Notice how often I say "try" in all this though, because I'm not always successful in doing any of those things. So then I'll have a day or a series of days where I feel like I'm a big failure or I'm having no positive impact in the world or I'm pushing things that other people don't really want. That's when it helps me to go back through my journals (journaling is HUGE, HUGE, HUGE in all of this) and see the times when I was down like this before and then the next day, something clicked and I was changed back into confidence. I see that my fear and anxiety about myself is a fleeting thing and that this too will pass. 

 

You are embarking on a big journey and it's been awhile since you worked outside the home, so it's not surprising that you're feeling anxious and concerned. You're going to make mistakes at first--that's part of learning. You're going to feel like you're a fraud because you haven't been a nurse before--it isn't a full part of your identity yet. Accept that. Don't fight it. Don't beat yourself up. Just try to stay with it and and your emotions and give yourself kudos for every small win. 

 

My last bit of advice is to "fake it till you make it." When I have to do things that feel really uncomfortable and out of my league, I spend some time doing grounding/centering exercises, I set my intention for how I want things to go, and then I just go in and pretend that I'm someone else making it happen. I don't put my "real" self out there--I put on a mask. Most of the time that takes me far enough into it for me to then see that it's working and I experience the real success that I wanted. Faking it is one of the best things you can do in those circumstances.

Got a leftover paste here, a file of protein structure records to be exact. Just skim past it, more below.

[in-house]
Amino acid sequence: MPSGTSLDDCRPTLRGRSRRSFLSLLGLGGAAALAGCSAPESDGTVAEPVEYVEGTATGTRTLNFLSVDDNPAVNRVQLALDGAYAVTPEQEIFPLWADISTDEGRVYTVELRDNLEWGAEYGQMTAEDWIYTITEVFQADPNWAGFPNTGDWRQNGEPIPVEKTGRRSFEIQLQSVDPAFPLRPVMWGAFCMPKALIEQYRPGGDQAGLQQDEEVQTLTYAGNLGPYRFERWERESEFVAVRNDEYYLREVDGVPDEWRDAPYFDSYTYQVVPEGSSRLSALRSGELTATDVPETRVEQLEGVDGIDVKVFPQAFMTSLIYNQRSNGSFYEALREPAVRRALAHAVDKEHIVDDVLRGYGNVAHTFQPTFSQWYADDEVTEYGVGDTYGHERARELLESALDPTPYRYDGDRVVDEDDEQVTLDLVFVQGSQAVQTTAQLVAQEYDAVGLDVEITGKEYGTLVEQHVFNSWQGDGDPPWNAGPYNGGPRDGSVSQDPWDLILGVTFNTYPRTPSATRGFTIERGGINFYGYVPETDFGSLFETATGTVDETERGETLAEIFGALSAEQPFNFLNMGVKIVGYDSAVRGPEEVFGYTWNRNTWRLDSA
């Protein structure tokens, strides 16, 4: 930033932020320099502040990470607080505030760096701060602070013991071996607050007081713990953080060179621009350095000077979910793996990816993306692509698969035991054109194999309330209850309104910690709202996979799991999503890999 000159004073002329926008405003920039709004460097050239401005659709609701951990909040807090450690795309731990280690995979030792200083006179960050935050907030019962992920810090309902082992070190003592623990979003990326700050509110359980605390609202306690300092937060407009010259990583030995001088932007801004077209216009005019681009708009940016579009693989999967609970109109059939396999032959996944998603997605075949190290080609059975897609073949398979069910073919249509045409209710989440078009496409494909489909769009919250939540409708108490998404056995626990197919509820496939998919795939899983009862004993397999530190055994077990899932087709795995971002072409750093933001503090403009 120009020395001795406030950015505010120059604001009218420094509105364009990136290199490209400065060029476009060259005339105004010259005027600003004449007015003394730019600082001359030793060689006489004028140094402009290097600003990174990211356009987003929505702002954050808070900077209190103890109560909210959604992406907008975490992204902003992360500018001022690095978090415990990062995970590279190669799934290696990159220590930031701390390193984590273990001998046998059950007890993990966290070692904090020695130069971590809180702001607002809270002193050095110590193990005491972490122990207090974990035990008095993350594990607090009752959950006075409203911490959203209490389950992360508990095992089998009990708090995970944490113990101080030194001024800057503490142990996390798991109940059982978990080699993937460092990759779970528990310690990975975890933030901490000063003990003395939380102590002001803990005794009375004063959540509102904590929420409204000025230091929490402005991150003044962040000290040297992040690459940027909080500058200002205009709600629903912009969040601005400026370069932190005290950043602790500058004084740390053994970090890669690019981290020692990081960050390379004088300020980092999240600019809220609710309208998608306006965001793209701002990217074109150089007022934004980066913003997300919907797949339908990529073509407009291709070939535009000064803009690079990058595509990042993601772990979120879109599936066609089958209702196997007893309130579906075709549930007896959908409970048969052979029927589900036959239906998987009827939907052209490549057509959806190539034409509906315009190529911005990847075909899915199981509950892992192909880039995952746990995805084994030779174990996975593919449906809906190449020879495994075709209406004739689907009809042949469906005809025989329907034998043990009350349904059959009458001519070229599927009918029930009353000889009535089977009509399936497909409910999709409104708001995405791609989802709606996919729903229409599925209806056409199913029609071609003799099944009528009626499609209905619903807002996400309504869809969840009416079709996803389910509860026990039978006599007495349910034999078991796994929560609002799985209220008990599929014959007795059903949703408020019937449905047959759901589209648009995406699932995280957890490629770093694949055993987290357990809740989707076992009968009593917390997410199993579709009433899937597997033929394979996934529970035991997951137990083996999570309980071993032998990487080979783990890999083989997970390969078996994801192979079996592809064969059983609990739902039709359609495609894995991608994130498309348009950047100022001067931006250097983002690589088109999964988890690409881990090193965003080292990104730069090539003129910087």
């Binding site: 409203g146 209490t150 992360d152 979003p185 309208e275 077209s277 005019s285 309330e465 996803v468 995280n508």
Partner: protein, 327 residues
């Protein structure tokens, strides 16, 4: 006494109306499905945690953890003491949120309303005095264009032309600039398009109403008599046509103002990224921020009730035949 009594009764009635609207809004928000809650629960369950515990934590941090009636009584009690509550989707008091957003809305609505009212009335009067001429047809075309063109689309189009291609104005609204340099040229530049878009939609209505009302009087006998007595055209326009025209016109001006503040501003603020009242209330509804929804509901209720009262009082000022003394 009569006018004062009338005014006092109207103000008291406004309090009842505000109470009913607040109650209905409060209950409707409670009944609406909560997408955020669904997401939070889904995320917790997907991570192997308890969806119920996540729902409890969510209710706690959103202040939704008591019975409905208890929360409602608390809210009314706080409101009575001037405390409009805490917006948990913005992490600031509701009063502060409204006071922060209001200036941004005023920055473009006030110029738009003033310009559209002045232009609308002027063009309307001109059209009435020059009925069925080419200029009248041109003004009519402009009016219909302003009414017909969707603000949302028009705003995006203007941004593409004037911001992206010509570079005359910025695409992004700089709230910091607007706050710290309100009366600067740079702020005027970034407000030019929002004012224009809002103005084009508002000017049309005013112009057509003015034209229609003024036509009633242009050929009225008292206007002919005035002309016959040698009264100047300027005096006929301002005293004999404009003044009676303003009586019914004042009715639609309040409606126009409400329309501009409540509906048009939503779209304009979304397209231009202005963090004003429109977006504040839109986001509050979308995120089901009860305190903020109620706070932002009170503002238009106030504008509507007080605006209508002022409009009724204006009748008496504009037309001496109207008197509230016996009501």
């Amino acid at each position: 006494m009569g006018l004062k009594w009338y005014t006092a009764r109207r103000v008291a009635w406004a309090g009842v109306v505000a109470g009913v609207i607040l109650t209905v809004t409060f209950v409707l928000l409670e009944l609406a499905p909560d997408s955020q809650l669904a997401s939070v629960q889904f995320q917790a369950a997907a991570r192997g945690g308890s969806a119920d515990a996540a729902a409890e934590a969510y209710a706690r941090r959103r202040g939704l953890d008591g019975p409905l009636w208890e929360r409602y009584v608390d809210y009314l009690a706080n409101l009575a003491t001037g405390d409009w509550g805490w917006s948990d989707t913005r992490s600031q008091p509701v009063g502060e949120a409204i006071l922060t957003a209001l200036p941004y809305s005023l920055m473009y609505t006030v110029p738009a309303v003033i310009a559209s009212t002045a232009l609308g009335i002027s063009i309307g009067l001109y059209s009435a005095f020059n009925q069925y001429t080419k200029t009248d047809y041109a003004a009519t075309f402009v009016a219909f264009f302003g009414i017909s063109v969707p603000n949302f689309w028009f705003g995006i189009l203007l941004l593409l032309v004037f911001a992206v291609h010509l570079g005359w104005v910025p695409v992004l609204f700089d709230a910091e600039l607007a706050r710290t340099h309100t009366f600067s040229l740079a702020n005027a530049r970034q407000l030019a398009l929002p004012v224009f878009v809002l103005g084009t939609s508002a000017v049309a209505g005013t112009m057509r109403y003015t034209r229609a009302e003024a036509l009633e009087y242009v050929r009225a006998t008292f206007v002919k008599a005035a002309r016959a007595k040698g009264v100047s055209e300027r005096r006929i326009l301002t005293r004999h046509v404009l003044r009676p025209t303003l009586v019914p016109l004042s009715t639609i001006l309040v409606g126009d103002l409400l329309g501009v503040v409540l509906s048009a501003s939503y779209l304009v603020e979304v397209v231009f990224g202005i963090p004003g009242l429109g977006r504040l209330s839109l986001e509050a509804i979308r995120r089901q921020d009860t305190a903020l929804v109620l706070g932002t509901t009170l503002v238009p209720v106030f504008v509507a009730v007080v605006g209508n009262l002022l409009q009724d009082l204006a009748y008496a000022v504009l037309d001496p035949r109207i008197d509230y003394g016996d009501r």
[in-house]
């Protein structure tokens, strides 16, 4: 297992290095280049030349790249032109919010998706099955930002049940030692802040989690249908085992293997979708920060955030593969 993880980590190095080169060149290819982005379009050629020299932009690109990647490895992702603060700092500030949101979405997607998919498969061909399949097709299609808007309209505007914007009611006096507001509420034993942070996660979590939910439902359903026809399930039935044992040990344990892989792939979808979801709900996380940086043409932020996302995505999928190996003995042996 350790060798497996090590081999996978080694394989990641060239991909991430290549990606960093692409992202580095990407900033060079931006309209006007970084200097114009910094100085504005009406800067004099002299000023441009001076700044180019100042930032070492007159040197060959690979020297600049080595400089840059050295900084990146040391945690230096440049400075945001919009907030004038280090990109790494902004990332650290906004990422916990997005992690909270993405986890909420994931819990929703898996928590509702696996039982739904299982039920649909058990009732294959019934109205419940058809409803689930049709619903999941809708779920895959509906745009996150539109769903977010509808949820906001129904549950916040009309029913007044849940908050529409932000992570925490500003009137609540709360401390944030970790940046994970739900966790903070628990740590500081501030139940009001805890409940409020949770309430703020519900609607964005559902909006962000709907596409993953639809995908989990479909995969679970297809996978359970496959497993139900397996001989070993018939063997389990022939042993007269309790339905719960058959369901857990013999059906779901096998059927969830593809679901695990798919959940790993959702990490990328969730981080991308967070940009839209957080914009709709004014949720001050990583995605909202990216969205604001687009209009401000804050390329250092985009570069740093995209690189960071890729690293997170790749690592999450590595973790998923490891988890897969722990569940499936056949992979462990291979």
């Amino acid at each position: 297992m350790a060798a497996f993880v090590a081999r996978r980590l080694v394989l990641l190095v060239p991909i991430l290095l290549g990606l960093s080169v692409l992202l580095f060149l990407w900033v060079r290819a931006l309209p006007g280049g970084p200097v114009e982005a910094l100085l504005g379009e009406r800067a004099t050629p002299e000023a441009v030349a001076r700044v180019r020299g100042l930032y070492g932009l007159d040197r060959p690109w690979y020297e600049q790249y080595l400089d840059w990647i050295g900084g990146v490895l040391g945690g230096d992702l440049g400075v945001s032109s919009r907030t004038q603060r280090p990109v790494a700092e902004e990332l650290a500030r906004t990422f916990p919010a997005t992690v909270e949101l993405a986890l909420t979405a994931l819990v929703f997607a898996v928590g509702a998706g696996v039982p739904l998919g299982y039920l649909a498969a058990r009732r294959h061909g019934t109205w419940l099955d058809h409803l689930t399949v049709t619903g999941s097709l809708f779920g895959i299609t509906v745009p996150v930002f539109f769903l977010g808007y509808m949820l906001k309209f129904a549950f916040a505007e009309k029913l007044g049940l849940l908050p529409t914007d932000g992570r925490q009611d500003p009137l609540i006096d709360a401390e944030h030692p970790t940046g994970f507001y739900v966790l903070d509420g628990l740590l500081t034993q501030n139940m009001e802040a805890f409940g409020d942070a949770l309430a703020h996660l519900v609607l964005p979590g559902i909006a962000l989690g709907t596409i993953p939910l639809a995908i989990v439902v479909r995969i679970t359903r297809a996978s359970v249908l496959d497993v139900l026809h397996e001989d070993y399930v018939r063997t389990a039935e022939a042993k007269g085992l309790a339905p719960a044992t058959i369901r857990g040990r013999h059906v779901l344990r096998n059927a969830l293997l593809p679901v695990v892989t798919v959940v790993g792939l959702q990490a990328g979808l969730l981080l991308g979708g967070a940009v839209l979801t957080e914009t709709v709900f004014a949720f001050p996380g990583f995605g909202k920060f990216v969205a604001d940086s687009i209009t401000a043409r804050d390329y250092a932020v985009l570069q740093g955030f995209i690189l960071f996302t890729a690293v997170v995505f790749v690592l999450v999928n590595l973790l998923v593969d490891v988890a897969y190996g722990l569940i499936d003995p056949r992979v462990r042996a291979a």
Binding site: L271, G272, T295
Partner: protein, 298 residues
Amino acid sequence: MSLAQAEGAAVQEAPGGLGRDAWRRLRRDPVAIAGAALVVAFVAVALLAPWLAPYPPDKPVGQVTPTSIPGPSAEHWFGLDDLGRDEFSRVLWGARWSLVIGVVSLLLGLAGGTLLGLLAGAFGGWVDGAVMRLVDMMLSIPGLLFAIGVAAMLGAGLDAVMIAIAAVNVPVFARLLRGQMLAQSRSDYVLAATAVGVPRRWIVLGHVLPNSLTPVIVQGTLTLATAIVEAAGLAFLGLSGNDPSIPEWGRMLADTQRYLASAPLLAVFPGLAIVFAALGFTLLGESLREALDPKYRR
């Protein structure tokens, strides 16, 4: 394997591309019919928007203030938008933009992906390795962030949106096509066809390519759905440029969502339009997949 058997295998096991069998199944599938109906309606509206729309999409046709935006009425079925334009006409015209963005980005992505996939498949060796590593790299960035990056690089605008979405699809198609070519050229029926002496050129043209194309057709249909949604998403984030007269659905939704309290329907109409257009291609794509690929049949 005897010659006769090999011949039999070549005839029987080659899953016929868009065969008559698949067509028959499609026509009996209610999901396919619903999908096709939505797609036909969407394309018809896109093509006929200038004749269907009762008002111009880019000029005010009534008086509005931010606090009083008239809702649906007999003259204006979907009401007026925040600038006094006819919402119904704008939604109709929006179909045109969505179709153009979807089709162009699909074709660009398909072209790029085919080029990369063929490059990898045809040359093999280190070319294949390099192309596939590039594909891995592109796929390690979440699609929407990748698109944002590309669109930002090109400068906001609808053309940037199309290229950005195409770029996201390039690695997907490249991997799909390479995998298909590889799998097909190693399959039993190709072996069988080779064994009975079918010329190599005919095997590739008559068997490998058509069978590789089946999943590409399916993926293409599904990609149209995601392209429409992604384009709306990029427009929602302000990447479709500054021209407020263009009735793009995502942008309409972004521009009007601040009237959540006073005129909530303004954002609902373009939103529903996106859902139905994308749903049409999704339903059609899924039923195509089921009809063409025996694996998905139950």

Now my question for all of you--How do you deal with feeling like an imposter? 

Comments

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Imposter syndrome?! Deep breath, because this one provokes a lot of anxiety. I had it big time when I started my most recent job. I kept thinking, "When are they going to figure out they made a mistake?" In transitioning to self-employment this past December I had it even worse. Now I couldn't say I work for ____ . I had to provide all my credibility myself, in a sound bite that the listener can understand and remember. Yikes. I like the "fake it til you make it" approach.
My best way to cope: Practice. Practice projecting confidence. Practice my message. Equally important if somewhat contradictory is, be genuine. So if you don't know something say you don't, and that you'll be glad to find out. Or, if you mean to introduce yourself confidently and instead stammer, laugh and ask for a do-over. And third (I can do this on a good day): remember your worth as a person and a professional. You carry that with you whether self-employed, employed by another, or unemployed. I still have at least a momentary flash of panic when I have to introduce myself in a professional group. I am still in the process of faking it til I make it and get over imposter syndrome. Maybe it will always be there waiting to jump out at me!

Nancy, I love the idea of asking for a "do-over." That is one of those genuine approaches that can carry you far when you feel like you've flubbed it. And I also think you bring up a good point about feeling confident when you don't have the ability to introduce yourself as being from a particular organization. When you're unemployed or self-employed, you don't have anywhere to hide--it's just you, out there sort of "naked." So you have to draw much more on your own internal sense of value, rather than feeling some kind of value based on the role you play in your organization. Very different feeling and so I think we tend to get way more nervous about that. I do agree with you that imposter syndrome is probably always waiting. And if it isn't, then maybe you aren't taking the kinds of risks you need to take (noting this to myself. . . )